Helping Teens Cope with Depression
Depression in teens is a serious health problem that changes the way teens think, feel and act. Teens with depression tend to have a negative view of the future, unrealistic expectations, feelings of helplessness and harsh self-talk. They feel sad and/or irritable most of the time.
Child psychologists at The Pratt Center work with depressed teens, teaching them coping strategies for overcoming depression. Below are some strategies and interventions that our therapists may use to support depressed teens and their parents.
- Self-Talk Self-talk is so automatic that many teens do not recognize how negative thoughts can directly impact their behavior. Their thoughts about daily events lead to their feelings and can influence their actions. Teens can learn to control this negative self-talk, to gain perspective on situations, and to focus on more positive and practical solutions. With increased awareness of negative self-talk, teens can learn to take more active control of their reactions to events, and they can change their own behaviors.
- Distorted Thinking Closely related to self-talk is distorted thinking. We all have unique ways of looking at events that occur, which largely impact our behaviors. Depressed teens tend to have distorted thinking patterns that reinforce negative self-talk, thoughts and feelings. For example, after learning they did not make the debate team a depressed teen may say, “I’m not surprised. I always fail at everything I do. Why do I even try?” Overgeneralizing occurs when teens expect an avalanche of negative events because of one isolated incident. There are a range of other common distortions in thinking that are common for teens with depression, and a therapist can help to identify and discuss these to help put events in perspective.
- Healthy Habits We encourage teens with depression to lead healthy lives as much as possible. Practicing healthy habits like exercise, stress relief, relaxation, adequate sleep, and healthy nutrition are critical for combating depression in teens. Parents should work to minimize junk food, reduce screen time and enjoy family activities together. Even minor changes in healthy habits can boost the energy level and emotional resilience in teens with depression.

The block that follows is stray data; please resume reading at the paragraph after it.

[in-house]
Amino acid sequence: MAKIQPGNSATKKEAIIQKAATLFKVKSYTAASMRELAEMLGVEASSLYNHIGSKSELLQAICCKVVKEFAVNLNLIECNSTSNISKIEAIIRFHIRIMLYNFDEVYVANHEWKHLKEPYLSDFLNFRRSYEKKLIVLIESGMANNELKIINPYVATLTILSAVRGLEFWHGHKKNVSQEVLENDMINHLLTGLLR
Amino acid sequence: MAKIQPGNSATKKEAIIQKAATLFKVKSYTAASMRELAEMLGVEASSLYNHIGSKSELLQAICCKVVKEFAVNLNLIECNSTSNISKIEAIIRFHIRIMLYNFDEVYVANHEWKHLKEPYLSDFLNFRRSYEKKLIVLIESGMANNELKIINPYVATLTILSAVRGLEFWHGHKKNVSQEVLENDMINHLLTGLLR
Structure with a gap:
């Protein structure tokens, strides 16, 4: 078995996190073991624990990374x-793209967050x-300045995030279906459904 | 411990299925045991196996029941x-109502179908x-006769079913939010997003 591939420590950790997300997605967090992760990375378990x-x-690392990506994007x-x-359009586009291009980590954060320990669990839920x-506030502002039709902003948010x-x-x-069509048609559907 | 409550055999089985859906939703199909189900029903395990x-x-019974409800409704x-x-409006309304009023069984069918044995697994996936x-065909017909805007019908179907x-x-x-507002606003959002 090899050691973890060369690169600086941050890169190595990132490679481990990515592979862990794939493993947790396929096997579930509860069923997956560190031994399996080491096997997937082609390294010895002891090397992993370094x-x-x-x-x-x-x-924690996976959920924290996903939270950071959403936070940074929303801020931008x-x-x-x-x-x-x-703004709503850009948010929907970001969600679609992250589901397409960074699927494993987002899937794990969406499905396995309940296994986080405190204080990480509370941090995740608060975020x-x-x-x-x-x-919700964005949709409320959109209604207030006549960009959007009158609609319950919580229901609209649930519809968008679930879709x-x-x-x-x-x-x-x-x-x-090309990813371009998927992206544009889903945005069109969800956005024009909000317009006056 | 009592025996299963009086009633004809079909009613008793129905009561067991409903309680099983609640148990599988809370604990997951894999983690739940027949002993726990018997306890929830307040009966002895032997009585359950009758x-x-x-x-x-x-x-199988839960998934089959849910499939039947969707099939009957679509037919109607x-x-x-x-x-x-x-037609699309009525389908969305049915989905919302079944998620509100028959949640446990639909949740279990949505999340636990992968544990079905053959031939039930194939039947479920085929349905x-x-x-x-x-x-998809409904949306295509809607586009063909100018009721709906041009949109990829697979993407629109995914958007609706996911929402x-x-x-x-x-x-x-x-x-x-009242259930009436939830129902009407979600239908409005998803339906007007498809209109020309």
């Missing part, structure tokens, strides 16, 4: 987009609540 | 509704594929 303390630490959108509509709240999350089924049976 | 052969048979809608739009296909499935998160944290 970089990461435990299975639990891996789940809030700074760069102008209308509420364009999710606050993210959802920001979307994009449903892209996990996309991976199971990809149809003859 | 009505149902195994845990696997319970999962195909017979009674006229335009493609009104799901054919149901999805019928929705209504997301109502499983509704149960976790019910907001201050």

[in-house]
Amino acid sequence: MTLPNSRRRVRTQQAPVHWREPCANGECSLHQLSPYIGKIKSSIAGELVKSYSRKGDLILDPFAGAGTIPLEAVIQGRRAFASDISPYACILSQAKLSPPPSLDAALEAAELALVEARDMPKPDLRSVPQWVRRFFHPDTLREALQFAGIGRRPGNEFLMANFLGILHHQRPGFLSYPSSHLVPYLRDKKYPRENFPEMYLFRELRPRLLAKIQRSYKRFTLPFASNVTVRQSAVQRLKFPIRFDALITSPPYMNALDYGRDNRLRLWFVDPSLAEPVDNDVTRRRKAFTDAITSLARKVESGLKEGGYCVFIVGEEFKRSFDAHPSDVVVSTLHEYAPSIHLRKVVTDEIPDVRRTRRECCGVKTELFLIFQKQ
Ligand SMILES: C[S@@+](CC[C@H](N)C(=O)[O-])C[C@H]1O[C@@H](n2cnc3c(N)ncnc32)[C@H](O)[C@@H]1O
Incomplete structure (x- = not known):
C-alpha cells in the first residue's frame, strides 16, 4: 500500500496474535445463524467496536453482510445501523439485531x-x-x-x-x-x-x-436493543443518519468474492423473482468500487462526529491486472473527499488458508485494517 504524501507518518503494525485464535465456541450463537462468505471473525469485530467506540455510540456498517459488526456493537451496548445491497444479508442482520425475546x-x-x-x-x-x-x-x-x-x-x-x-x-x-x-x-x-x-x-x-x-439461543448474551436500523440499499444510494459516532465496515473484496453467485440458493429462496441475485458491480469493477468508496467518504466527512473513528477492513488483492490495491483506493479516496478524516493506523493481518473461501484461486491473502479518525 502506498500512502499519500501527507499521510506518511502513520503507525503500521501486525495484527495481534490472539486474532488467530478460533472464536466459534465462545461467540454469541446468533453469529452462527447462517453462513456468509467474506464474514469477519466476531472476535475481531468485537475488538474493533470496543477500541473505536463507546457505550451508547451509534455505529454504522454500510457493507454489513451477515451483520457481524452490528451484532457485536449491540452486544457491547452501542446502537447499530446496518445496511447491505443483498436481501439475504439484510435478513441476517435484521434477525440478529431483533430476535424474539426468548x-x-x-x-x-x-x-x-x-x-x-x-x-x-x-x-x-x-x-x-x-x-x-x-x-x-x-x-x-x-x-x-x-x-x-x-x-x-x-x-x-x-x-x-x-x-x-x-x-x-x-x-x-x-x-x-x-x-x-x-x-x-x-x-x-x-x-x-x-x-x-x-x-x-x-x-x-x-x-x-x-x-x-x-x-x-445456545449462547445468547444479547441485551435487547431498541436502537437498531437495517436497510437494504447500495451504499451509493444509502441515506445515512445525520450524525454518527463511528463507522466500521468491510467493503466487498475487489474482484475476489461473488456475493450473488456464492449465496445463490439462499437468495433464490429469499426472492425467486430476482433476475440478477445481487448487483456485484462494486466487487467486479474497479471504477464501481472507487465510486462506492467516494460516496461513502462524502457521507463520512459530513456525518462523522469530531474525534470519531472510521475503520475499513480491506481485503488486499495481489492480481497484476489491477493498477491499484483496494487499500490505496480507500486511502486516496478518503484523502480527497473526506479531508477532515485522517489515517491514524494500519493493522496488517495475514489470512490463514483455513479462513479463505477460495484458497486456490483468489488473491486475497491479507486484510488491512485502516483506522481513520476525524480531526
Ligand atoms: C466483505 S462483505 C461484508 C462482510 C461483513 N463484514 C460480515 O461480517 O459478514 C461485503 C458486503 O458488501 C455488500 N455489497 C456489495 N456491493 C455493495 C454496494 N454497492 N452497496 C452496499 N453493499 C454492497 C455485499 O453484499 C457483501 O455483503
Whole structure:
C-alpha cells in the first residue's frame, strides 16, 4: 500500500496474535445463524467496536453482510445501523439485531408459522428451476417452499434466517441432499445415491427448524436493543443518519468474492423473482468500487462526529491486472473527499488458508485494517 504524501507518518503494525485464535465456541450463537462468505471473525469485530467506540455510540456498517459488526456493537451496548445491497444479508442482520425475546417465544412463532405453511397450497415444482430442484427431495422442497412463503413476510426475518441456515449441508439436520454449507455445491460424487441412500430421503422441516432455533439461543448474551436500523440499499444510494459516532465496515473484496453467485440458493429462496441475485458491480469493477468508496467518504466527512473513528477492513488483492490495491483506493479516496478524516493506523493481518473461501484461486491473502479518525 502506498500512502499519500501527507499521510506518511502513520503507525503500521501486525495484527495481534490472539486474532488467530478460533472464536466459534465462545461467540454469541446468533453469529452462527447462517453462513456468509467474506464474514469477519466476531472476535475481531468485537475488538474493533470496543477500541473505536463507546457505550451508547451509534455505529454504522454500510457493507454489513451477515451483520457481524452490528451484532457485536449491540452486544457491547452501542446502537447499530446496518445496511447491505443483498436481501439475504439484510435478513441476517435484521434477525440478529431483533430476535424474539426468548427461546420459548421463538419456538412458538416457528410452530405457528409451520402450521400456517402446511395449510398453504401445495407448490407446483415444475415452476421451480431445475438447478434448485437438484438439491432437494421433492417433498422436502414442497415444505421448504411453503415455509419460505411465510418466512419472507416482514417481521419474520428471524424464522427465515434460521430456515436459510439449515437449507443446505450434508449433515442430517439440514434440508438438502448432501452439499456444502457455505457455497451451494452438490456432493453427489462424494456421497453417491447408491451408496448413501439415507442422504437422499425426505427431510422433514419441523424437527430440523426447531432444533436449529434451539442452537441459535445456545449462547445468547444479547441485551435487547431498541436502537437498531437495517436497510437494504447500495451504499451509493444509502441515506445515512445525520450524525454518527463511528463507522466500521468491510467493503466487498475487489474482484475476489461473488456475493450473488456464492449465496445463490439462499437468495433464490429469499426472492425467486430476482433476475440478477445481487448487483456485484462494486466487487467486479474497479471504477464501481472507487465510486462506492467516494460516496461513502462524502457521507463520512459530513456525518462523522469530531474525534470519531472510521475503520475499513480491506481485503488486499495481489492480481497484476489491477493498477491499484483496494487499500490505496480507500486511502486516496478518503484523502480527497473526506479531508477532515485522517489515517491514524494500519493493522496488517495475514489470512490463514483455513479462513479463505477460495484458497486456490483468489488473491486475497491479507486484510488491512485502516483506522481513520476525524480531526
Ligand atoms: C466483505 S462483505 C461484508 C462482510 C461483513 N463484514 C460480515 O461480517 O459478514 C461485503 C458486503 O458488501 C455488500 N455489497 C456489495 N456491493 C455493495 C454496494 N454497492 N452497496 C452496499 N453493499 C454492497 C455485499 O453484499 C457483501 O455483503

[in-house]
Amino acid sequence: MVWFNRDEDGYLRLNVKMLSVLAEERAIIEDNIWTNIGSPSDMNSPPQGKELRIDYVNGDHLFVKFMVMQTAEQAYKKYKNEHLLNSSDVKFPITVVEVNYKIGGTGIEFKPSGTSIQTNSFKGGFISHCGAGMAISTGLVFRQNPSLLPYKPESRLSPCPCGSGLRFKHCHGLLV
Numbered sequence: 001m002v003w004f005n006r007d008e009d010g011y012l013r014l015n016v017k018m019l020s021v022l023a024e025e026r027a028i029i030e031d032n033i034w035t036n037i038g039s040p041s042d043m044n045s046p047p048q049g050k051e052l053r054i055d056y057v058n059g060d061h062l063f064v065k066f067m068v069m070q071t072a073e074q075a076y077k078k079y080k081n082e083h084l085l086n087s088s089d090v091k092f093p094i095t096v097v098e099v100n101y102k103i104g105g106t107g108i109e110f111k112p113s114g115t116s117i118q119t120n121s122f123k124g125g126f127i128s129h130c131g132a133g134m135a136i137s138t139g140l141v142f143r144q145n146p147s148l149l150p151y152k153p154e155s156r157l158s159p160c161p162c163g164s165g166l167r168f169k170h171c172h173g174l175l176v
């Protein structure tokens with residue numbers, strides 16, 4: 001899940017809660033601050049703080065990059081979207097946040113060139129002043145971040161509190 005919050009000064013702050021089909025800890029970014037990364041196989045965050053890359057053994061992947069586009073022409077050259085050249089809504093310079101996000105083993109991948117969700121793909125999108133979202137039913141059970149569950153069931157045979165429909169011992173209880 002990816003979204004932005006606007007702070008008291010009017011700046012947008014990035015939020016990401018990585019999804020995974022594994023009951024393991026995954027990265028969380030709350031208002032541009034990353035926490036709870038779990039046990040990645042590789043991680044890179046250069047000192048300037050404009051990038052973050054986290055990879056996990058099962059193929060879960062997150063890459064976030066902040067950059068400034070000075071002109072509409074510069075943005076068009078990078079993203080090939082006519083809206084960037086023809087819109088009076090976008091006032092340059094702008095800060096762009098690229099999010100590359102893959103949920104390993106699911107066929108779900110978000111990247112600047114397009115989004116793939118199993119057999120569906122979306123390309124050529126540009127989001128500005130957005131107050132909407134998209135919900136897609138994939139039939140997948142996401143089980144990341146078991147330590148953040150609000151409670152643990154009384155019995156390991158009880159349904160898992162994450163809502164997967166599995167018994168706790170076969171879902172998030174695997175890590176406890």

- Family Stress Family stress can make depression in teens worse. Parents often become highly critical of depressed teens because they notice declining grades, poor grooming, decreased motivation and irritability. Parents may see depressed teens as lazy and oppositional. This misconception may lead parents to criticize and punish teens who are already feeling overwhelmed and misunderstood. Try instead to reduce the conflict in the teen's life and minimize stress in the home so that depressed teens have a place that is safe, loving and accepting.
- Affirmations Depressed teens are often not behaving well. They may be doing poorly in school, withdrawing from peers and arguing with parents. Nevertheless, it is important to focus on anything positive a teen has done. Positive comments about your teen's efforts to learn new behaviors, participate in peer activities, and problem-solve can help your teen to manage their depressive thoughts and feelings. Your caring words, smiles and presence can greatly improve your teen’s ability to learn positive life skills. By focusing on their strengths and encouraging your teen to participate in activities they enjoy, you are affirming your teen’s unique qualities. You are also showing your love of them and hope for their future.